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Bain Again Appears to Be Toshiba’s Choice for Its $22 Billion Chip Unit

Japan’s embattled Toshiba (tosbf) has selected a group led by U.S. private equity firm Bain Capital to buy its prized memory chip unit, three people with knowledge of the talks said on Wednesday, a last-minute dramatic twist to a highly contentious auction.

But it’s unclear whether the decision by Toshiba’s board will mean the sale will now proceed smoothly, as rival suitor Western Digital (wdc) has initiated legal action, arguing no deal can be done without its consent due to its position as Toshiba’s joint venture chip partner.

The Bain-led offer for the world’s No. 2 producer of NAND semiconductors is worth some $ 22 billion, sources have said.

It has partnered with South Korea’s SK Hynix (hxscl) and brought in U.S. buyers of Toshiba chips such as Apple and Dell to bolster its bid. Kingston Technology and Seagate Technology are also part of the group.

The make-up of the consortium could spell trouble ahead, said Hideki Yasuda, an analyst at Ace Research Institute.

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“The large number of stakeholders could complicate decision-making and slow down key investment decisions,” he said, adding that the participation of Toshiba clients would also sap the ability of the chips business to negotiate competitively on pricing.

Bain’s win, first reported by Reuters, has been hard fought as wrangling went down to the wire and late on Tuesday the Western Digital-backed consortium, which includes KKR & Co (kkr), appeared to be in the lead, sources said.

But the California-based firm would not agree to limits to any future stake in the chip business that had been demanded by Toshiba, said one person briefed on the matter.

Sources declined to be identified as they were not authorized to speak about discussions on the sale.

Toshiba declined to comment. A representative for Bain was not immediately available for comment while SK Hynix declined to comment.

After a slew of revised bids and changing alliances among suitors, an agreement comes not a moment too soon for Toshiba. It has has been under pressure from its lenders to clinch a deal this month to ensure enough time for regulatory reviews so that it can finish the sale by the end of the financial year.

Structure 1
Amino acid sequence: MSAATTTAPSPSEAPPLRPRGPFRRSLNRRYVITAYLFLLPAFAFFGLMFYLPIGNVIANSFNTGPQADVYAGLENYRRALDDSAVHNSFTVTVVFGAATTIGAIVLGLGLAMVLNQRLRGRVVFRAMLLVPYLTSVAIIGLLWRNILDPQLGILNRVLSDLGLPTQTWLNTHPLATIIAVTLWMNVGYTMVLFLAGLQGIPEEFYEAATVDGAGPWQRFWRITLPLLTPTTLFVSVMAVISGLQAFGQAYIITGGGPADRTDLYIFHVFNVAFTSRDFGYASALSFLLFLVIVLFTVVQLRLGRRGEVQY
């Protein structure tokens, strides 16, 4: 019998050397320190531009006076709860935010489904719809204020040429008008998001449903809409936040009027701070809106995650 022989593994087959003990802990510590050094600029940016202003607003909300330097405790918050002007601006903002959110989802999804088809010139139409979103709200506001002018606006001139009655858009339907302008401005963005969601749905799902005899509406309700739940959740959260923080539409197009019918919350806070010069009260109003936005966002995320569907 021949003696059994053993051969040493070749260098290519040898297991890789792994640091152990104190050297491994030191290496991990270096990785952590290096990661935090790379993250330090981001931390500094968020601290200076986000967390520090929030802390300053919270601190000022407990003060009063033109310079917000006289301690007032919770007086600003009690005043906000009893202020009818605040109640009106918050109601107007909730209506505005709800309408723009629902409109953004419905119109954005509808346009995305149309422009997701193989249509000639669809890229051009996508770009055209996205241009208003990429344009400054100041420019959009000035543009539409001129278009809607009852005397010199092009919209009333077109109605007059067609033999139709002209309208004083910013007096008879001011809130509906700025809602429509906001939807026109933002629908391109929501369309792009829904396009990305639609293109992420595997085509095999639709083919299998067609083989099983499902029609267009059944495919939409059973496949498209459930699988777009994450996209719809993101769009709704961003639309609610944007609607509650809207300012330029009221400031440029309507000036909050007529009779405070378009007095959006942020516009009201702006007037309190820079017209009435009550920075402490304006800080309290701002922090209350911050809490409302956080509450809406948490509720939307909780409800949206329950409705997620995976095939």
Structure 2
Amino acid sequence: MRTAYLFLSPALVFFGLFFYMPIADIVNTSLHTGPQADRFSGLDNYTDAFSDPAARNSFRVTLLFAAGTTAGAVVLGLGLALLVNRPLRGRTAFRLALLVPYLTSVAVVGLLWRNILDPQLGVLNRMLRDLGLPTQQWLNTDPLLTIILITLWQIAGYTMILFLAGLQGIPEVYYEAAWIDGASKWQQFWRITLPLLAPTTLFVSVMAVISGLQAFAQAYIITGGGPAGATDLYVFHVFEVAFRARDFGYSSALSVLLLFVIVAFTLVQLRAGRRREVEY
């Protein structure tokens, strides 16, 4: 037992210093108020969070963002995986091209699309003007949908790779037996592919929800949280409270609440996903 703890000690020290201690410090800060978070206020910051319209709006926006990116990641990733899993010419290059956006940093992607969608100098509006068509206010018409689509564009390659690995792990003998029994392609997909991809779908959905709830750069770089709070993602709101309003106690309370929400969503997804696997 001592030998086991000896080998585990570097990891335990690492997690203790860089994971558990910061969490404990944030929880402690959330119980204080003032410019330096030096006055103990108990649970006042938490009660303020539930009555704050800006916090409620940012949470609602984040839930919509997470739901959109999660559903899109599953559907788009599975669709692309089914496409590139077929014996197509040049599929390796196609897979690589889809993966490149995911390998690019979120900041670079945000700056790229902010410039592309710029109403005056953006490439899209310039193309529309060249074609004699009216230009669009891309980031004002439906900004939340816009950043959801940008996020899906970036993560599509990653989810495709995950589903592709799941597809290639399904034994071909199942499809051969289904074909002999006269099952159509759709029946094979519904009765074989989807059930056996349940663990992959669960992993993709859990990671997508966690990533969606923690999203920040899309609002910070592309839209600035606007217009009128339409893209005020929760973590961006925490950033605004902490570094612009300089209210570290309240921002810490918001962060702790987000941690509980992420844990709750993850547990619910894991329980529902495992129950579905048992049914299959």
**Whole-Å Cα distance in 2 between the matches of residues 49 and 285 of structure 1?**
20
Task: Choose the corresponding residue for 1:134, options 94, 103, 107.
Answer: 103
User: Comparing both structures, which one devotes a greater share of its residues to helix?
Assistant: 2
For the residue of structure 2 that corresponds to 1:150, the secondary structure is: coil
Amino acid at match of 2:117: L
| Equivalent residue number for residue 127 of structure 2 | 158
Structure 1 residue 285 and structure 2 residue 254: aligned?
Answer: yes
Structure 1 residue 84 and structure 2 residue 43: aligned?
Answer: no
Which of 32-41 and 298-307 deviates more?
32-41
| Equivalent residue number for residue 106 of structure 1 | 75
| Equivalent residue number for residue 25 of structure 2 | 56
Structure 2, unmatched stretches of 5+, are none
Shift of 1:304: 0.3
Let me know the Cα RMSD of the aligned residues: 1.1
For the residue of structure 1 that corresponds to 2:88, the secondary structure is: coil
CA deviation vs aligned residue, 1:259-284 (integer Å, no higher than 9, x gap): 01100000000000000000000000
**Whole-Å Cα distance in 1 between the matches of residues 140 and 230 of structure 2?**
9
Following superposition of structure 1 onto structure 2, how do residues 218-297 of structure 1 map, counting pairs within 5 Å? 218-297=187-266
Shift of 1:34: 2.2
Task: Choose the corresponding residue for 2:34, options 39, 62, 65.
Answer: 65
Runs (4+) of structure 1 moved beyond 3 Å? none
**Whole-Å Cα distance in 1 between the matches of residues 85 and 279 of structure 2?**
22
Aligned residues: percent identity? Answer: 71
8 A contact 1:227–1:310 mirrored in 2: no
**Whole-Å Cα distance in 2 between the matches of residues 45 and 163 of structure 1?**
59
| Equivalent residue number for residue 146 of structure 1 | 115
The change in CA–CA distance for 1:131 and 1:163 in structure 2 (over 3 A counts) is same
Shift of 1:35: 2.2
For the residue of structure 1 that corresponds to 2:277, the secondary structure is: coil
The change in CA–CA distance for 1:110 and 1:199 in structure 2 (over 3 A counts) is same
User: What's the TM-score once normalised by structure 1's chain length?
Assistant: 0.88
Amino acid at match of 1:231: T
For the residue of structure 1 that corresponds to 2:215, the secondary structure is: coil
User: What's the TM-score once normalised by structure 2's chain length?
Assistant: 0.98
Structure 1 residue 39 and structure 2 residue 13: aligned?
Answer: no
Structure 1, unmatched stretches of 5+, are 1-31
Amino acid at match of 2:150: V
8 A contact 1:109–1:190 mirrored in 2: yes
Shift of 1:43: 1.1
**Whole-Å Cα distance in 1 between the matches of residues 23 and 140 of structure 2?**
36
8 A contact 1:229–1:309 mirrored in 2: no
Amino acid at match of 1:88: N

If it doesn’t, it won’t have the billions of dollars it needs to plug a huge hole in its finances caused by its now bankrupt U.S. nuclear unit Westinghouse, and could be delisted.

Even without that problem staring it in the face, the semiconductor business requires huge amounts of investment and Toshiba’s chip unit runs the danger of losing its competitive ability as rivals roll out big capital spending plans.

A representative for Western Digital was not immediately available for comment.

The U.S. firm has already taken the dispute to the International Court of Arbitration to prevent the sale and a source with knowledge of the matter has previously said it is prepared to seek an immediate court injunction should the deal not go its way.

The Bain-led group had at one stage been chosen as preferred bidder but those talks lapsed as Japan government investors who had been part of that consortium told Toshiba they were reluctant to close a deal in the face of legal challenges posed by Western Digital.

The Bain consortium has since revised the offer, aiming to get around that problem by inviting the state-backed investors—the Innovation Network Corp of Japan (INCJ) and the Development Bank of Japan—to invest in the business only after any arbitration with Western Digital is settled.

But sources familiar with the talks have said it remains unclear if INCJ will commit to joining the consortium even when the legal dispute is resolved, casting uncertainty over the whether Japanese government will be able to prevail in its desire to have the chip business mainly under domestic control.

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IDG Contributor Network: Zuora ups the ante and takes it (again) to the old-school vendors

Zuora is an interesting vendor — founded by one of Salesforce‘s earliest executives, Tien Tzuo, the company was set up to deliver upon the promise of the so-called subscription economy. Tzuo is a long-time subscription economy prophet and, listening to him over the years, it would be easy to assume that in the future every possible transaction will be based on a subscription paradigm.

Of course, it isn’t quite that simple and many organizations are more than happy to continue using their traditional billing approaches, but what is true is that increasingly it is a general requirement from organizations that they will have increasing flexibility about how they package and price their products and services.

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Microsoft, U.S. face off again over emails stored in Ireland

A dispute between Microsoft and the U.S. government over turning over emails stored in a data center in Ireland comes up for oral arguments in an appeals court in New York on Wednesday.

Microsoft holds that an outcome against it could affect the trust of its cloud customers abroad as well as affect relationships between the U.S. and other governments which have their own data protection and privacy laws.

Customers outside the U.S. would be concerned about extra-territorial access to their user information, the company has said. A decision against Microsoft could also establish a norm that could allow foreign governments to reach into computers in the U.S. of companies over which they assert jurisdiction, to seize the private correspondence of U.S. citizens.

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